The number one reform needed to the cesarean is a lower cesarean rate! The World Health Organization believes that the cesarean rate should be between 5 and 10%, yet America’s rate is a whopping 33%. (4) So no matter how family friendly a cesarean is, the truth of the matter is, 70% of women receiving a cesarean don’t even need one! Cesareans have a large list of potential risks, and improving one aspect of the birth will not remove the side effects of having a cesarean that you didn’t need.
Doctors need to feel more comfortable with vaginal births.
With a reasonable cesarean rate, women know they are only getting a cesarean if they truly need one. In order to lower our rates, American obstetricians need to get more comfortable outside of the operating room. New doctors to the field report feeling less confident in delivering a baby with forceps or a vacuum as opposed to doing a cesarean. (5) If doctors feel the most competent outside of vaginal birth, then vaginal birth has a very small chance of survival.
Get Rid of Financial Incentives for Doctors
If someone told you they would give you a hefty bonus if you could get the job done in a fraction of the time, would you be tempted? Studies indicate that doctors sure are, as long labors are the number one reason for cesareans (5), and doctors make more money performing a cesarean than they do supporting a vaginal birth (6). Hospitals can also pocket thousands of more dollars after the procedure.(6) (Shouldn’t insurance companies just be outraged over this?!)
The American Congress of Obstetrics and Gynecology states that labor dystocia (long labor) is not an evidence based reason for needing a cesarean, and that most women will be able to deliver vaginally when given more time to do so. And since most women desire a vaginal birth, their care providers should be patiently encouraging them, not offering a quick fix with the potential of long-term side effects.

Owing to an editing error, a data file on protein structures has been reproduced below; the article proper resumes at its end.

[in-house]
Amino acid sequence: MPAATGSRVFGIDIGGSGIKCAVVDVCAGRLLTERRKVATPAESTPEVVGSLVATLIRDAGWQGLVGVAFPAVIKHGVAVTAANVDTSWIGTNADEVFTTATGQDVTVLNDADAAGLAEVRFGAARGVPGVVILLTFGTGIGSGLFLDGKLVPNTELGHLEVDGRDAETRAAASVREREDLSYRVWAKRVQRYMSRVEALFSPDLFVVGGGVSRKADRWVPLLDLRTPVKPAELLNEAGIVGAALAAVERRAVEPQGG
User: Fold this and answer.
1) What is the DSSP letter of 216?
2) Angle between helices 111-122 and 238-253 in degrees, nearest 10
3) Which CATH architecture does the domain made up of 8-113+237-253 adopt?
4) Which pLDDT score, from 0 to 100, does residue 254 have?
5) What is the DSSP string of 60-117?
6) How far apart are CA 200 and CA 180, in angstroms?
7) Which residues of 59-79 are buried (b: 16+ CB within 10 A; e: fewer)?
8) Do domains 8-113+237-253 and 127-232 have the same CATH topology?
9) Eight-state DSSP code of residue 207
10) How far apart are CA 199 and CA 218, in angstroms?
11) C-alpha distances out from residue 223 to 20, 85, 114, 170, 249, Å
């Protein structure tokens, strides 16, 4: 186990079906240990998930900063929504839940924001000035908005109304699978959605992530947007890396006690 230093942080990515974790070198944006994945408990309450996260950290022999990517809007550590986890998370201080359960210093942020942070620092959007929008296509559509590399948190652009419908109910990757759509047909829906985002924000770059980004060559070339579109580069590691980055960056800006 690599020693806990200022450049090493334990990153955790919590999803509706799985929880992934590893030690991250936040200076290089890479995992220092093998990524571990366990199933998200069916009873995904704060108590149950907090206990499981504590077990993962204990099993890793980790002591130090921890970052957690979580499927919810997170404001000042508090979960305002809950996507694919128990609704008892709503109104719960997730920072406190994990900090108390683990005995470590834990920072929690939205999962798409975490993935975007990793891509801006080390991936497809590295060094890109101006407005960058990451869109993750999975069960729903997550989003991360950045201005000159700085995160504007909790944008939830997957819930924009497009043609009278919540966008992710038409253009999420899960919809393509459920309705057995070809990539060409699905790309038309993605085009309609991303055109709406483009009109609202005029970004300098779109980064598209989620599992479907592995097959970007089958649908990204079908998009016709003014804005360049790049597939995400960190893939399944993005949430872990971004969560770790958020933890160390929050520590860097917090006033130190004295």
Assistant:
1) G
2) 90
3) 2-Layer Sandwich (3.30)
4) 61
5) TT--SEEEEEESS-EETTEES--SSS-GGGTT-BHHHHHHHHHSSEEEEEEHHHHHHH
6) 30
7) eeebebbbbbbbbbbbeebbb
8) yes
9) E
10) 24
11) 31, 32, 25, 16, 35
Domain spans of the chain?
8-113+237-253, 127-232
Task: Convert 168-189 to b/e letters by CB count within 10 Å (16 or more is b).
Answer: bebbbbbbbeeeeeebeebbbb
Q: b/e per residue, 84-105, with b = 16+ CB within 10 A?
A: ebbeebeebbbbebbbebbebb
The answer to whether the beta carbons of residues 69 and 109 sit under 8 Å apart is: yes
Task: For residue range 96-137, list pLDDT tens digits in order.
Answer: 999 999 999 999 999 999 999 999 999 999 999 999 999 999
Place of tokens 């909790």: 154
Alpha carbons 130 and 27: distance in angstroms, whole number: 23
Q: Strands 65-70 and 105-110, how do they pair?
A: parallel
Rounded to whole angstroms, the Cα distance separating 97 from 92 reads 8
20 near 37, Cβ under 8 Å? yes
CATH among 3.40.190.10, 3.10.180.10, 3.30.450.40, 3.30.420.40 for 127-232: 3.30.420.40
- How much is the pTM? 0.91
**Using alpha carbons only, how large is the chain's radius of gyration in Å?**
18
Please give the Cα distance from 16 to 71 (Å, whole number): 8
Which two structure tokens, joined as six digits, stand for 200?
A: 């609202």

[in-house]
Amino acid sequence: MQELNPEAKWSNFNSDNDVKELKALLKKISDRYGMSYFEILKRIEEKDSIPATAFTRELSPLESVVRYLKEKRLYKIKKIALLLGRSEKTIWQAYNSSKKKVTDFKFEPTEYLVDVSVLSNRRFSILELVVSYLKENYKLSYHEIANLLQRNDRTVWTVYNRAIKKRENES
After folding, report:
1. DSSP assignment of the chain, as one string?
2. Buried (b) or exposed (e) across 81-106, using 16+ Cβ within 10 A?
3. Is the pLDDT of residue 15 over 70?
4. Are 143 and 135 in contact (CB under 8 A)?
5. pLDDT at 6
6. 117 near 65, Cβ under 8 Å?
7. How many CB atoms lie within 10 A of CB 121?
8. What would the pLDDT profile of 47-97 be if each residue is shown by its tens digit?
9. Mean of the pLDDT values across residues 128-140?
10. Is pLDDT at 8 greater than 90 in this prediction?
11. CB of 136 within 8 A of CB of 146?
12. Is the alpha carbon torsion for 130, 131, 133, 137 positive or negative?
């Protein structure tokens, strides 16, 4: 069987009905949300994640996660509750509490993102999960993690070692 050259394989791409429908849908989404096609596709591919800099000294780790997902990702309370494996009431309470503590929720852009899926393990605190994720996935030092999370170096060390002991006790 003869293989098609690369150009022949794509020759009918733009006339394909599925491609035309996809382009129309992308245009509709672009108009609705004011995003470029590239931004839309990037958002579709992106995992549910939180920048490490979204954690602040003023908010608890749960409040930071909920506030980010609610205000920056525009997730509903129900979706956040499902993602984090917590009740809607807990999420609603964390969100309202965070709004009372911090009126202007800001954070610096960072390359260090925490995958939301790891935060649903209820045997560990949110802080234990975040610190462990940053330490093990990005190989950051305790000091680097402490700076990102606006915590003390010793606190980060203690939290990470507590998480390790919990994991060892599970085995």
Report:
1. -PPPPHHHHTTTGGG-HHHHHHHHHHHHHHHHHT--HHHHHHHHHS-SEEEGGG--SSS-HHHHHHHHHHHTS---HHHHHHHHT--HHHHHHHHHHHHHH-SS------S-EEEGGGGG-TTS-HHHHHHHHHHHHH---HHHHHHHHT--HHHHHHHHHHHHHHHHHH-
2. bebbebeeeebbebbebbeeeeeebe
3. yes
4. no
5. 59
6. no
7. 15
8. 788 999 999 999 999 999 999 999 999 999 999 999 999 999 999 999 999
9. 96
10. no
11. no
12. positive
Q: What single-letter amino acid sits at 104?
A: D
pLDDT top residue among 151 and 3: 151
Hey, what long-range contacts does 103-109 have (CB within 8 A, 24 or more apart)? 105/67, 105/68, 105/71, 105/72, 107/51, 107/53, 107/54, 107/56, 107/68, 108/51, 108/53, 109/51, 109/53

This research suggests that some doctors are performing cesareans out of convenience and financial payoff. And that puts moms and babies last, when they should be first. Imagine telling a women, “Hey, don’t feel bad about your unwarranted cesarean that cost twice as much as a vaginal birth and will take a lot longer to recover from, and may even prevent you from having more children. At least you got the clear drape!”
Getting it Right
What women really want and deserve is the peace of mind in knowing that they are getting the best care available. Reassured they will be supported through a vaginal birth – even if it’s long and inconvenient. Confident they will receive a cesarean only when medically necessary,
For many women, cesareans are scary and their recovery can be long and burdensome. It’s time for the medical world to make some accommodations that improve the experience for women. All women who truly need a cesarean should be treated with respect and given as many family friendly options as possible. We need to improve the cesarean without normalizing it, or using improvements as justification for the continued over-use of them.
- World Health Organization, The Global Numbers and Costs of Additionally Needed and Unnecessary Cesarean Sections Performed Per Year: Overuse as a Barrier to Universal Coverage, World Health Report (2010) Background Paper, No 30.
- ACOG, Safe Prevention of the Primary Cesarean Delivery, Obstetric Care Consensus, March 2014.
- Carol Sakala and Maureen P. Corry, Evidence-Based Maternity Care: What It Is and What It Can Achieve (Milbank Memorial Fund, 2008), 44–46.